Wildfowl counts comprised 709 Greylag Geese, the 3 Barnacle Geese, the Whooper Swan, 8 Shelduck, 174 Wigeon, 14 Pintail and 9 Shoveler while a 2cy Glaucous Gull flew south past Torness and 6 Black-tailed Godwits were on Gretchen.

                The westerly winds became much stronger on the 5th bringing several heavy (but very localised) hail showers making it a bit uncomfortable out in the field; there was a corresponding dip in the number of birds seen through the day both because of the weather and a bit of a clear-out of yesterdays Thrushes as totals included a Merlin, 2 Woodcock, a Woodpigeon, 30 Meadow Pipits, a Grey Wagtail, 43 Robins, 118 Blackbirds, 59 Fieldfare, 17 Song Thrushes, 69 Redwing, 5 Mistle Thrushes, a Chiffchaff, 2 Jackdaws and 3 Chaffinches.


Lapland Bunting                                              George Gay

Merlin                                                          Simon Davies

Tuesday, 3 April 2018

2nd and 3rd April

Nice again on the 2nd with bright sunshine but a cold NE breeze giving the day an edge; there was little new found through the day with the highlight on the land being a very smart looking littoralis Rock Pipit which appeared in front of the window as we were sitting down to eat at Lurand and at sea, the first Great Skua of the year off Seal Skerry.    Migrant totals included 4 Woodcock, a Woodpigeon, 109 Skylark, 36 Meadow Pipits, 19 Rock Pipits, 37 Pied Wagtails, 2 Grey Wagtails, 2 Dunnock, 87 Robins, a female Stonechat at Brides, the wintering Black Redstart, 170 Blackbirds, 106 Fieldfare, 4 Mistle Thrush, a Chiffchaff, 3 Chaffinches and 3 Snow Buntings.

                Wildfowl totals comprised 9 Great-northern Divers, 5 Red-throated Divers, 132 Wigeon, 7 Gadwall, 66 Teal, 10 Pintail, 6 Shoveler, 27 Tufted Duck, 19 Long-tailed Ducks and 7 Red-breasted Mergansers while 168 Golden Plover, a Grey Plover, 2 Ruff, 30 Bar-tailed Godwits, 4 Black-tailed Godwits and the Kumlien’s Gull were counted.

                A step backwards towards winter on the 3rd with a biting NE wind bringing frequent and heavy snow and hail showers across the island; a Woodlark seen briefly at Sandar was a bit of a surprise but it couldn’t be re-found after the initial couple of sightings (following one last month, the ninth for the island!).

                Perhaps unsurprisingly there weren’t really any new birds unearthed in the unpleasant conditions – a big female Peregrine flew over Ancum and a Jack Snipe was flushed from the centre of the island while 5 Woodcock, a Grey Wagtail, yesterday’s Stonechat, 2 Mistle Thrushes, a Brambling and a Carrion Crow were also of note.

Black Redstart

Drumming snipe are beginning to echo across the island

Sunday, 1 April 2018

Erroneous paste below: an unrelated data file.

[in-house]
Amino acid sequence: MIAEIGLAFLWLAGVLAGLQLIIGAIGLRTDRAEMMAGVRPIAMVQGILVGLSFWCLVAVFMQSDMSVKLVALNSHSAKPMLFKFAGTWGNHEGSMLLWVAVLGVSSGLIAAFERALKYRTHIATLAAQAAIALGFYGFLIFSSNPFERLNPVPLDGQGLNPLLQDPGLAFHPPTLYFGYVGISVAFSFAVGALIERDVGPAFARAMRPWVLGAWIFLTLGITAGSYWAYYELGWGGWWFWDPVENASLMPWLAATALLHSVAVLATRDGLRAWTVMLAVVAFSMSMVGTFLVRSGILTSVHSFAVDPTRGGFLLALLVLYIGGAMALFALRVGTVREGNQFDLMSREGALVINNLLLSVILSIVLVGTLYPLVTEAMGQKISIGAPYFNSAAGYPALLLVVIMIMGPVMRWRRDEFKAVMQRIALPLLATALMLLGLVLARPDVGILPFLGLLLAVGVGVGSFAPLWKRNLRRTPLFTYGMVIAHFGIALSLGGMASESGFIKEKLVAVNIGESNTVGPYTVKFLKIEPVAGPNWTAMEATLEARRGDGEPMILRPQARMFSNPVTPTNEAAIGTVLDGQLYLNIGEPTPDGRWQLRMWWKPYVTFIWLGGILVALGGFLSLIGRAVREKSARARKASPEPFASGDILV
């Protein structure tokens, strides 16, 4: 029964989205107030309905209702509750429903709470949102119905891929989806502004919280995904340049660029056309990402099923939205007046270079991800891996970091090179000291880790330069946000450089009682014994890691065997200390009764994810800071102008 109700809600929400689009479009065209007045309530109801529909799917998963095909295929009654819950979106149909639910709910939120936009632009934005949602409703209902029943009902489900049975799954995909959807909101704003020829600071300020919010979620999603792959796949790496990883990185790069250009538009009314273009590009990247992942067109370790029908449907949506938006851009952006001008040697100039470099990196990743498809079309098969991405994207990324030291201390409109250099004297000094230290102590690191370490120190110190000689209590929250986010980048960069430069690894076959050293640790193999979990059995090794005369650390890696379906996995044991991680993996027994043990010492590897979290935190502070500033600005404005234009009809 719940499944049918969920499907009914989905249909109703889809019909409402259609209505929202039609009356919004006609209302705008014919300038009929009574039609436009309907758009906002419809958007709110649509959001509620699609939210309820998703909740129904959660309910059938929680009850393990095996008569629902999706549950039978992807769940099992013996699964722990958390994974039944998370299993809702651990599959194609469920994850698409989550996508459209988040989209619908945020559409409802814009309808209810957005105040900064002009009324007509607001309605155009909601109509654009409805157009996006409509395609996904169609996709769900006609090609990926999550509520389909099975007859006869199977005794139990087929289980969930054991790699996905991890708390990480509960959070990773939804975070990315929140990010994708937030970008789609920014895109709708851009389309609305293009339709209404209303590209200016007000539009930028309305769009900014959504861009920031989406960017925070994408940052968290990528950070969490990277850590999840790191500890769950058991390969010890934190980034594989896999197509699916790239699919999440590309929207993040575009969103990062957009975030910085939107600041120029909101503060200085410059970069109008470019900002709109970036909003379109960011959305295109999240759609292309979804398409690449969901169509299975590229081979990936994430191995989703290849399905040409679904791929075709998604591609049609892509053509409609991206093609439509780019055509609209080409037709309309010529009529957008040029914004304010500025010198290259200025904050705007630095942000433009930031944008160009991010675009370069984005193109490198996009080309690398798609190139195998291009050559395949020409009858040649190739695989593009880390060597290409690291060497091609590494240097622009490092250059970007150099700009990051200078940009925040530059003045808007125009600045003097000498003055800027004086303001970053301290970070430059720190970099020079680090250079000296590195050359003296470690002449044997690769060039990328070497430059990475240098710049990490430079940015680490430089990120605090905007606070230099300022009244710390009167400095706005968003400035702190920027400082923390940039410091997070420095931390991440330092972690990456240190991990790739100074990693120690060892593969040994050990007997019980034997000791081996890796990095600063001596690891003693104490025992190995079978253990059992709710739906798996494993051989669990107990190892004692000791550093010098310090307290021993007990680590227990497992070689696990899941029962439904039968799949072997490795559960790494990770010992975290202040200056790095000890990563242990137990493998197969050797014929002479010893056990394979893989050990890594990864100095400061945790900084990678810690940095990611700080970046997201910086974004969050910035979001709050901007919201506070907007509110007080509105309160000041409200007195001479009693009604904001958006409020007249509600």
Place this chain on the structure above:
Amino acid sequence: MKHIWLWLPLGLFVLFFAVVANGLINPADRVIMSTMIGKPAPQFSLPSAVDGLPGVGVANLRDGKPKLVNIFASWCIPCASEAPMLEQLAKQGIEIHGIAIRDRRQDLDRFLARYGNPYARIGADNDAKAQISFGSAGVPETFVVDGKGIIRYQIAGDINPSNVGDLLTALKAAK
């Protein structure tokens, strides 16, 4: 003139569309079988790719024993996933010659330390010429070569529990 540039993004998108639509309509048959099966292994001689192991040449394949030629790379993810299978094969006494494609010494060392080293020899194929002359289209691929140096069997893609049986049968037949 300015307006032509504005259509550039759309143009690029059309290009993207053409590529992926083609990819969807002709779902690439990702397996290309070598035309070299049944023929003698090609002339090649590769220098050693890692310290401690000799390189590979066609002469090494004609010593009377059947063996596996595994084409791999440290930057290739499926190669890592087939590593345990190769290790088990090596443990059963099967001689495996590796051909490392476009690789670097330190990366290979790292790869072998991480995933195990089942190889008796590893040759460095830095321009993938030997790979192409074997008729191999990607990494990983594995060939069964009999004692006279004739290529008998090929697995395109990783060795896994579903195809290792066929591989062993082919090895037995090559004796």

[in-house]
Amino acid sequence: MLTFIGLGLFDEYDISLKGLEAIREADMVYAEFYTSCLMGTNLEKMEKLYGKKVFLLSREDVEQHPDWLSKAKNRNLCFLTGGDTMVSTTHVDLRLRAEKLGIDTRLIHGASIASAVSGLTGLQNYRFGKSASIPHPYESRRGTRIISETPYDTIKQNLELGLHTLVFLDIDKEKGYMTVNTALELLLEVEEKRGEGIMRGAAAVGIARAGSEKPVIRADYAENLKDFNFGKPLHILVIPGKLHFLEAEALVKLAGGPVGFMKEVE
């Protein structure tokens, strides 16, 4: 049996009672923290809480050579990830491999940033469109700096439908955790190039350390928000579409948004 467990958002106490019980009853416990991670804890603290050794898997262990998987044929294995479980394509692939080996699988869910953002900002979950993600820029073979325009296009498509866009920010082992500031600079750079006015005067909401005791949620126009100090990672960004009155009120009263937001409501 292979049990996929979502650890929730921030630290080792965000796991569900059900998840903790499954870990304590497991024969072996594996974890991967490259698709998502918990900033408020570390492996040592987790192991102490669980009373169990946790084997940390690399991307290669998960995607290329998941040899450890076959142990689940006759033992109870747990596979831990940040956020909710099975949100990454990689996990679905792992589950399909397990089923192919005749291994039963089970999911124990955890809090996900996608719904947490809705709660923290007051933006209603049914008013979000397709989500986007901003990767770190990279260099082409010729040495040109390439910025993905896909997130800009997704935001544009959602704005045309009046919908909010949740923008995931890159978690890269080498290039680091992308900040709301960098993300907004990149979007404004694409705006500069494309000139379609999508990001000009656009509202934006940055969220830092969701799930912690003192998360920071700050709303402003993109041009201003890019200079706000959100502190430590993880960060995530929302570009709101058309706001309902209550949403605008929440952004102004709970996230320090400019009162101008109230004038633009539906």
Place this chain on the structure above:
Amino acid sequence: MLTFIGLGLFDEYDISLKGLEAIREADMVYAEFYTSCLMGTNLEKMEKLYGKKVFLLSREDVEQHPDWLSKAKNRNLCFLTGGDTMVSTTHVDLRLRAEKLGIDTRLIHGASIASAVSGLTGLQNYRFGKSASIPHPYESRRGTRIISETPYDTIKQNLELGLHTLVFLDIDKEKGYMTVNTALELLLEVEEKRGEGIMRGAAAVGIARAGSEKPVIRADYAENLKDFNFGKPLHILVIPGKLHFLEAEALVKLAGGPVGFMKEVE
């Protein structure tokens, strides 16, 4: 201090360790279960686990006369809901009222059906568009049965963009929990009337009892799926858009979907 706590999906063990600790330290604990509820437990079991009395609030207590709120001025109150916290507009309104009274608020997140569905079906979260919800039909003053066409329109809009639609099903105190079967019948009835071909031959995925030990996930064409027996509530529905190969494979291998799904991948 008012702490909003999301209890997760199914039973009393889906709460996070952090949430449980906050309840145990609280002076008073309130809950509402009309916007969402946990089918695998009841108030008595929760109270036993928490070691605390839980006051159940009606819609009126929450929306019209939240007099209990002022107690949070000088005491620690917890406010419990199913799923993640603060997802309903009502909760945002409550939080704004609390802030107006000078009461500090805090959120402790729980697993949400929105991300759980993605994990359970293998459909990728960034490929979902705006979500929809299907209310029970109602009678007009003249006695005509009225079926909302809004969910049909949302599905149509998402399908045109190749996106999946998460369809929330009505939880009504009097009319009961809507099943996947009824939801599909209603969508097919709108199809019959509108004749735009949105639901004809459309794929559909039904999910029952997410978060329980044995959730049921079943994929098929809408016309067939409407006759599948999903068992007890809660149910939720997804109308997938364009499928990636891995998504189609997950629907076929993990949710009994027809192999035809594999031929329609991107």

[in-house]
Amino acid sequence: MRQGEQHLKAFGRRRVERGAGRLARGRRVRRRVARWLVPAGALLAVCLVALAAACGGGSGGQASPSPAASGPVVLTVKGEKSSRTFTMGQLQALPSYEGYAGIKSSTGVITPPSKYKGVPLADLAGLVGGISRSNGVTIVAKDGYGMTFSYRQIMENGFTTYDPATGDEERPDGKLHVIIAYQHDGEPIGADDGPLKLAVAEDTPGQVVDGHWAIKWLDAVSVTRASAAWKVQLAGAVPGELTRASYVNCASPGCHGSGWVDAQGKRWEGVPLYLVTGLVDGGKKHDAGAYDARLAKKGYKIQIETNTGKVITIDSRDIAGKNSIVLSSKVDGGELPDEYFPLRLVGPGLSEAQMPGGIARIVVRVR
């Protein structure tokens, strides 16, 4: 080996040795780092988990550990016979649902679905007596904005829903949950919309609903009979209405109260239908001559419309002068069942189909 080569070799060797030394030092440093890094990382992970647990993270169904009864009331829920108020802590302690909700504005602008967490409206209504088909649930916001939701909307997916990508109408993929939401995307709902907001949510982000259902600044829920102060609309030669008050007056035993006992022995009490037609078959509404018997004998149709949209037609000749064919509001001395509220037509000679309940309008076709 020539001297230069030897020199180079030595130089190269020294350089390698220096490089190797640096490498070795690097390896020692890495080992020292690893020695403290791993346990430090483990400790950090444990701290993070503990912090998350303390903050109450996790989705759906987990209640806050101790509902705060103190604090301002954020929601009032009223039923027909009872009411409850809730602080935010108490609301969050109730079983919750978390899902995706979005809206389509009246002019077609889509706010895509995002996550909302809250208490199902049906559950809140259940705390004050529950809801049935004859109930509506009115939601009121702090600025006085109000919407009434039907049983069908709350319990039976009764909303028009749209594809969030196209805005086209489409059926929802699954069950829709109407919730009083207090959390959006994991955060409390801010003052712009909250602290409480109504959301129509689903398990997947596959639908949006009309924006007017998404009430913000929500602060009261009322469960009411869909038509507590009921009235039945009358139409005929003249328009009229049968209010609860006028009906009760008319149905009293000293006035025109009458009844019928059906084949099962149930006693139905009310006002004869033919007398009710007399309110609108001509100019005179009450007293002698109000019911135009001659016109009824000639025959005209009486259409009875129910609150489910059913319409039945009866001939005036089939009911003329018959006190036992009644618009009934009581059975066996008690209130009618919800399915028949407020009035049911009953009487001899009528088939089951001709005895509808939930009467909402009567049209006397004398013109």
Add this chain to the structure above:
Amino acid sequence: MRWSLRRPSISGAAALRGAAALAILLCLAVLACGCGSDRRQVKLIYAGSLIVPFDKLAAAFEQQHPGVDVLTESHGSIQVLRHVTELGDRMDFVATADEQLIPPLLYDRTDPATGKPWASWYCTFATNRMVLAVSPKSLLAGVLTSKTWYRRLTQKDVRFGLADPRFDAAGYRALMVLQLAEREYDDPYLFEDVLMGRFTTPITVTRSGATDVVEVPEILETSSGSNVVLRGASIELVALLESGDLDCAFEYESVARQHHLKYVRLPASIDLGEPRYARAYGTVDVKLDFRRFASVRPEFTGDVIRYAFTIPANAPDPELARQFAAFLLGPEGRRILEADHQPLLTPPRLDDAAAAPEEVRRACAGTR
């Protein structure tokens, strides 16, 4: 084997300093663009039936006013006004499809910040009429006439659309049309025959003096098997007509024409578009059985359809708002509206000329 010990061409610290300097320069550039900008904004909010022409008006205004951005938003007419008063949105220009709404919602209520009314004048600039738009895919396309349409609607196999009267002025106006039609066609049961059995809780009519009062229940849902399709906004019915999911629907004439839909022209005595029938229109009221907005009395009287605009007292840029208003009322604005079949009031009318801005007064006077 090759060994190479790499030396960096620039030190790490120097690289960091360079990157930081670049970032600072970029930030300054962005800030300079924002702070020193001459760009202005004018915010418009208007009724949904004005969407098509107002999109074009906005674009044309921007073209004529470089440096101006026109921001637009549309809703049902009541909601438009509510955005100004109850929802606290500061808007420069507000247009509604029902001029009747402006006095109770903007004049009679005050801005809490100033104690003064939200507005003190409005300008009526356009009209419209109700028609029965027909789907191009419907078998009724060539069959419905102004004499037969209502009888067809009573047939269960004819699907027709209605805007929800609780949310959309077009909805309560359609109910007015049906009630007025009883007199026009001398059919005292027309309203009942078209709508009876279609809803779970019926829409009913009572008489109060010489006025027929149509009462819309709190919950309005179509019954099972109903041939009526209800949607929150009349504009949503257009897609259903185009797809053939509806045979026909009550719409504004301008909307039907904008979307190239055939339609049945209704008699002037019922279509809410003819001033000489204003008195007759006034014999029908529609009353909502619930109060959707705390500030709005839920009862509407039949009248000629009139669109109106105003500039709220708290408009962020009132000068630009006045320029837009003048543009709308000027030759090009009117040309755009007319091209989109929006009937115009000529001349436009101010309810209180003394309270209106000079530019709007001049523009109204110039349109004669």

31st March and 1st April


A glorious day on the 31st with a very light easterly breeze and plenty of bright sunshine throughout; there was a great selection of migrants scattered across the island, although nothing too rare the totals were highlighted by the first Chiffchaff of the year caught in a Heligoland trap and 3 Long-eared Owls, caught at Holland in the early morning.

                Other totals comprised 12 Woodcock, 5 Woodpigeons, 65 Skylarks, 30 Meadow Pipits, 37 Rock Pipits (including another littoralis bird at the Lighthouse), 3 Grey Wagtails, 27 Pied Wagtails, 2 White Wagtails, a Dunnock, an excellent 153+ Robins, 2 Black Redstarts, 142 Blackbirds, 99 Fieldfares, 30 Song Thrushes, 110 Redwings, 9 Mistle Thrushes, a Goldcrest, 4 Rook (including one trapped at Holland – only the fourth to be ringed on the island!), 10 Chaffinches, 2 Bramblings, 14 Linnets, 15 Twite, 5 Snow Buntings and 7 Reed Buntings.

                Nine Red-throated Divers were counted offshore along with little bits including a Merlin, 2 Grey Plover, a Ruff, 2 Knot and the Kumlien’s Gull again.

                Another lovely day on the first of the month with light winds (absolutely flat calm for a spell in the afternoon) and plenty of sunshine but the weather did close in slightly early evening; migrants across the island through the day included a Woodpigeon, 77 Skylarks, 40 Meadow Pipits, 22 Pied Wagtails, 3 Grey Wagtails, 3 Dunnocks, 117 Robins, 185 Blackbirds, 90 Fieldfares, 22 Song Thrushes, 2 Mistle Thrushes, 2 Chiffchaffs, a Rook, 3 Chaffinches and 2 Bramblings.

                Three Barnacle Geese were new with the Greylags while the Pink-footed Goose and Whooper Swan remained; 14 Great-northern Divers were off the south end on calm seas and in the fields, there was a slight increase to 160 Golden Plover and three Black-tailed Godwits were on Gretchen.


Long-eared Owl               Simon Davies

Rook                                 Simon Davies

Chiffchaff                                               George Gay